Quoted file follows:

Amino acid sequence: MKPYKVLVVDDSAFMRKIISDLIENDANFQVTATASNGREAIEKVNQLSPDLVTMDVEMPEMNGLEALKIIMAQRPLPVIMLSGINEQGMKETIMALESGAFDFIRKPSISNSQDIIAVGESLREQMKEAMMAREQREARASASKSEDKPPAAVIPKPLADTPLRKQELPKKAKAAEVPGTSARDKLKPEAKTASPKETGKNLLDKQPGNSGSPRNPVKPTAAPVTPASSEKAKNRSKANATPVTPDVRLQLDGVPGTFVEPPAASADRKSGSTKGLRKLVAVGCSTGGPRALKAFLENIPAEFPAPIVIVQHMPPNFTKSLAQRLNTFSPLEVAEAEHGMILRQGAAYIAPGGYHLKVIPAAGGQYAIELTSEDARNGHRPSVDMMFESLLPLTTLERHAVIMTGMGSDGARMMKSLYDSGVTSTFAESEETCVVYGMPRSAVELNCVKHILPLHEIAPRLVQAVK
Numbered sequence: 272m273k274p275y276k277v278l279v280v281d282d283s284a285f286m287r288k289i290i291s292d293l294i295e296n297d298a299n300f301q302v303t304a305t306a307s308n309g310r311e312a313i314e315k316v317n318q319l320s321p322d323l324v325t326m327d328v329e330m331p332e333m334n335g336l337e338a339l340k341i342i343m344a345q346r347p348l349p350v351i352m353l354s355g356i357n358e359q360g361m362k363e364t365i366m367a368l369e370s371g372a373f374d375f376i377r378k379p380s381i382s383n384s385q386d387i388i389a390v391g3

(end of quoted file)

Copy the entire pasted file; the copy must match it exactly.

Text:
Amino acid sequence: MKPYKVLVVDDSAFMRKIISDLIENDANFQVTATASNGREAIEKVNQLSPDLVTMDVEMPEMNGLEALKIIMAQRPLPVIMLSGINEQGMKETIMALESGAFDFIRKPSISNSQDIIAVGESLREQMKEAMMAREQREARASASKSEDKPPAAVIPKPLADTPLRKQELPKKAKAAEVPGTSARDKLKPEAKTASPKETGKNLLDKQPGNSGSPRNPVKPTAAPVTPASSEKAKNRSKANATPVTPDVRLQLDGVPGTFVEPPAASADRKSGSTKGLRKLVAVGCSTGGPRALKAFLENIPAEFPAPIVIVQHMPPNFTKSLAQRLNTFSPLEVAEAEHGMILRQGAAYIAPGGYHLKVIPAAGGQYAIELTSEDARNGHRPSVDMMFESLLPLTTLERHAVIMTGMGSDGARMMKSLYDSGVTSTFAESEETCVVYGMPRSAVELNCVKHILPLHEIAPRLVQAVK
Numbered sequence: 272m273k274p275y276k277v278l279v280v281d282d283s284a285f286m287r288k289i290i291s292d293l294i295e296n297d298a299n300f301q302v303t304a305t306a307s308n309g310r311e312a313i314e315k316v317n318q319l320s321p322d323l324v325t326m327d328v329e330m331p332e333m334n335g336l337e338a339l340k341i342i343m344a345q346r347p348l349p350v351i352m353l354s355g356i357n358e359q360g361m362k363e364t365i366m367a368l369e370s371g372a373f374d375f376i377r378k379p380s381i382s383n384s385q386d387i388i389a390v391g3